Proposal for LC124

Following our time constrained discussion at the Berlin F2F
on LC124, and ahead of tomorrow's telcon, here is a concrete 
proposal to enable support for evolution of messages 
described using XML Schema 1.0 in WSDL 2.0.


There are three common uses for an XML Schema description in WSDL:

1) as a description of the required content of messages 
    to be constructed by a sender

2) as a description of the message contents 
   available for a receiver to process

3) as a means of validating the format of a message, 
    possibly by a third party observing the message exchange.

In our experience (1) and (2) represent the core usage of XML
Schema in WSDL.  Strict validation of messages being something
of an edge-case, but an important one we should not preclude.

As discussed ad-nausea in this Working Group and elsewhere, there is 
a natural expectation amongst Web service developers when using a 
self-describing format, such as XML that it should be possible for a sender 
to pass more data than is contained in the description and for the receiver 
to simply ignore unknown items. This is commonly known as the
"mustIgnore rule", enables "passive versioning", and is the main
reason behind the successful evolution of the Web [1].

Those wishing to communicate a break in compatibility of a message
simply have to change the namespace of the message contents.

XML Schema 1.0 cannot preclude a Web Services agent from
following the mustIgnore rule when constructing or processing
messages. However such modified messages fail validation against
an unmodified schema description, strict validation being the primary
purpose of the the XML Schema specification.


The proposal is to provide support for the 'mustIgnore' rule in
WSDL 2.0 when using XML Schema 1.0. That is a sender MAY arbitrarily
send more data than is described by an XML Schema 1.0.
A receiver MUST ignore additional, undexpected content when processing a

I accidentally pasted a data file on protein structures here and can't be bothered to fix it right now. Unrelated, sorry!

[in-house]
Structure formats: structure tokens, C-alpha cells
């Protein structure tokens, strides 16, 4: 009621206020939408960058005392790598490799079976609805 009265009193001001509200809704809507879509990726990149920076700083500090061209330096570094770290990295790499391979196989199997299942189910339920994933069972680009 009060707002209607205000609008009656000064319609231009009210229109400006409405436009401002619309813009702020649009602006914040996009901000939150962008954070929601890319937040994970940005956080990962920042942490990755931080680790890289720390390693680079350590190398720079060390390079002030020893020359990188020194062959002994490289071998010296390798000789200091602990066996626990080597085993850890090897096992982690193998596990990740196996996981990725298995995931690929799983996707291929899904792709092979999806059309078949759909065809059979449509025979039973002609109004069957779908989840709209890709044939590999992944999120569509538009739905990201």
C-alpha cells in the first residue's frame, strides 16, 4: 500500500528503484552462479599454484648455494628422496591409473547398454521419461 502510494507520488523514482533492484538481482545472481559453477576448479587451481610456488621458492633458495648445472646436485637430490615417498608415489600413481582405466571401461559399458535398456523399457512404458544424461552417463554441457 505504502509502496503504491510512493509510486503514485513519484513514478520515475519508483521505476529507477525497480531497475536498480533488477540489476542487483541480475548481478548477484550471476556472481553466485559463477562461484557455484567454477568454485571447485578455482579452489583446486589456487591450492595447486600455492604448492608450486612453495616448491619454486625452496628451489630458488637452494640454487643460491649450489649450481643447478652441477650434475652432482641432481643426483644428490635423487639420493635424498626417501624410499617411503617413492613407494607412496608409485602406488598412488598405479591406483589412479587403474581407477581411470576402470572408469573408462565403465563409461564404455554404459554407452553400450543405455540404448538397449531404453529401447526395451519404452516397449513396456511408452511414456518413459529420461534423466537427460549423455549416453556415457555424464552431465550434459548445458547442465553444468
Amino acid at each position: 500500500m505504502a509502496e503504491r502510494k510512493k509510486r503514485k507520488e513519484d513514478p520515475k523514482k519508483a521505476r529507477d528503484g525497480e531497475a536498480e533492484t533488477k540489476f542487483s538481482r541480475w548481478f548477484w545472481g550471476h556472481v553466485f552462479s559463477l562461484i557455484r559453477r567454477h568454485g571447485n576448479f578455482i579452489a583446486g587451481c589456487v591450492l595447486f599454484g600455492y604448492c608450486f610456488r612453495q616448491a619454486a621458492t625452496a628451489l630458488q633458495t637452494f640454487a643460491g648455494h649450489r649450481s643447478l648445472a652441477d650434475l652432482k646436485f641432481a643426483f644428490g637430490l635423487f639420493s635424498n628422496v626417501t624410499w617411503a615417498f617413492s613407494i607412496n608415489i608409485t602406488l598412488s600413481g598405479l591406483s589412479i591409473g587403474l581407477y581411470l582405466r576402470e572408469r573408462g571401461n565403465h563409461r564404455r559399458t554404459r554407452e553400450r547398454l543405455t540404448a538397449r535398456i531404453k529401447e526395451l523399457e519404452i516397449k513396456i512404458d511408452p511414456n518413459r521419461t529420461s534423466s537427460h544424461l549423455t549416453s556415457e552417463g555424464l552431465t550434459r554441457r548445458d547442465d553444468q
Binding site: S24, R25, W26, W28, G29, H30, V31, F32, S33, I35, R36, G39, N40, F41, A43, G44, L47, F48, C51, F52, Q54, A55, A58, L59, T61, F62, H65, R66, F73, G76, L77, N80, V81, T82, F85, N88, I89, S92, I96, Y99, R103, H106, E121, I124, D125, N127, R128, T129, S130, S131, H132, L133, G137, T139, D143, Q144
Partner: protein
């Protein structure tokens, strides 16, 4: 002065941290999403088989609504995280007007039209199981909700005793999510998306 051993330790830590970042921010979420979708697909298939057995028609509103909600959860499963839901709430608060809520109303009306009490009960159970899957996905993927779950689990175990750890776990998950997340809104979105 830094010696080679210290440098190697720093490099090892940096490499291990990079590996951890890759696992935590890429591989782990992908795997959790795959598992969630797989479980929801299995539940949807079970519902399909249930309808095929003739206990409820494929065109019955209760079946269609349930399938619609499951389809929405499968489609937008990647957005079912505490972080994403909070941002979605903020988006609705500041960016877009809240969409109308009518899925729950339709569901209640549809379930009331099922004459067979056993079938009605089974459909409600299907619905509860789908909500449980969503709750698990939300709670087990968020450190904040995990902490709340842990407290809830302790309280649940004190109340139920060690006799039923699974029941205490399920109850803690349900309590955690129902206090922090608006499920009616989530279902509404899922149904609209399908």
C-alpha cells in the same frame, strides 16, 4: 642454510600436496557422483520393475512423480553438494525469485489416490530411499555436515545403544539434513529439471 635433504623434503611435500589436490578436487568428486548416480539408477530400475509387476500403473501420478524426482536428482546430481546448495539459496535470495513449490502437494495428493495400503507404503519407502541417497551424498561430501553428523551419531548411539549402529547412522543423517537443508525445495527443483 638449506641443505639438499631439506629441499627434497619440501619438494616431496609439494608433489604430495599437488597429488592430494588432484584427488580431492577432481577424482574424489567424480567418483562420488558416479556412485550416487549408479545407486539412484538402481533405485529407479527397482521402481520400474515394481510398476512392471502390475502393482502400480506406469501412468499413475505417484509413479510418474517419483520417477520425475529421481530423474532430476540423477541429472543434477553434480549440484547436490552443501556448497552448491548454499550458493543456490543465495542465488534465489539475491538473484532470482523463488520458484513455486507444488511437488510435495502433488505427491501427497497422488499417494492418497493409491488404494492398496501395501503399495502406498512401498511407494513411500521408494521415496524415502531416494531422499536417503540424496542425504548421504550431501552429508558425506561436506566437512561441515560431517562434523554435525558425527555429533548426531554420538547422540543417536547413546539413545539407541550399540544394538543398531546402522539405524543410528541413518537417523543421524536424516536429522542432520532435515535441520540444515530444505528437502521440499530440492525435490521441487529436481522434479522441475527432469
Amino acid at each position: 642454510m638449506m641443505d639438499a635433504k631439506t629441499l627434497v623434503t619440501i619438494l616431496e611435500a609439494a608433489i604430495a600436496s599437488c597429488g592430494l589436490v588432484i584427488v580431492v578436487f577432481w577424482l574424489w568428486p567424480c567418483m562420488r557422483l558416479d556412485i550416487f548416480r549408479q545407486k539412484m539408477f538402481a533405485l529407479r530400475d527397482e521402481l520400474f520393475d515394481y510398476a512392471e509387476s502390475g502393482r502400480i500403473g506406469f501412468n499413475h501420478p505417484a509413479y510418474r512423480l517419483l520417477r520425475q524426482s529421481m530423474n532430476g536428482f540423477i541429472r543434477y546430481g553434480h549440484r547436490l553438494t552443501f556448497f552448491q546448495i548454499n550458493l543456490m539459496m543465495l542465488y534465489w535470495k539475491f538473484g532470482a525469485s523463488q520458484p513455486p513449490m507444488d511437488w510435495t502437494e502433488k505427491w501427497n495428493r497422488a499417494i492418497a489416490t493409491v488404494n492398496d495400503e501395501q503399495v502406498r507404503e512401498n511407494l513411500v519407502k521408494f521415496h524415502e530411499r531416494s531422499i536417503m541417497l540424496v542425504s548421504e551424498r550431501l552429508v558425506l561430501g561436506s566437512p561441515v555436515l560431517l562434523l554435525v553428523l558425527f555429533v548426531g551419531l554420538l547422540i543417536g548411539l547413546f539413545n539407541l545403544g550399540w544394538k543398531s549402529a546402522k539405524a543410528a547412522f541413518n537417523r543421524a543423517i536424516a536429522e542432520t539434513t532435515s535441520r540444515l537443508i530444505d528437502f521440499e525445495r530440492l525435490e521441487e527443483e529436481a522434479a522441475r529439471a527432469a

When validating a WSDL processor must first remove additional content
before applying standard XML Schema 1.0 processing. There is no need
to specify how this removal should be achieved, however one possible
implementation is to use Henry Thompson's 'validate twice' technique [2]
Other techniques for this removal may exist, or be developed and therefore
should not be precluded by our specification.

If required, it should be possible for us to cite Henry's
text as an example in an appendix, primer or as separate note.

Other type systems may already support more open content models or
have very different processing properties, therefore this proposal is 
targeted solely at XML Schema 1.0 descriptions.

Option 1) make mustIgnore mandatory

     No changes to our syntax. Descriptions in
     XML Schema are open to additional content by default.

Option 2) make mustIgnore optional

In the following, mustIgnore processing is under the 
control of a wsdlx:mustIgnore attribute which by default may 
be 'true' (mustIgnore on) or 'false' (follow strict validation 
when sending and processing messages):

Option 2a) extension attribute on the xs:schema element

      <xs:schema wsdlx:mustIgnore='true' ...

    The mutIgnore processing applies to messages which reference
    a global element declaration (GED) within the flagged schema.

Option 2b) extension attribute on the GED

	<xs:element wsdlx:mustIgnore='true' ...

    The flag applies to messages which directly reference the
    element as their global element declaration (GED).

In either case the granularity of the mustIgnore processing is
placed on the entire message. i.e. there are no rules for turning
mustIgnore processing on or off on a per-element or type or individual
schema basis inside a single message. Of course nothing precludes
other specifications from providing such fine-grained functionality 
in the future.

I decided against using xs:annotation element extensibility
for simplicity.

A Position

It is BT's position is that the Status Quo represents an
unacceptable state of affairs for a Web services description

Option 1 is our strong preference, but one of the optional
flags would be acceptable. However optionality could lead to further
issues for WSDL and may be subject to mixed support or profiling.


Last Call Issue 124:

Abstract proposal:

[1] Timbl on Evolution:

[2] Henry Thompson's validate twice:

An online demonstration of Validate Twice using an XML pipline:

Received on Wednesday, 8 June 2005 17:54:01 UTC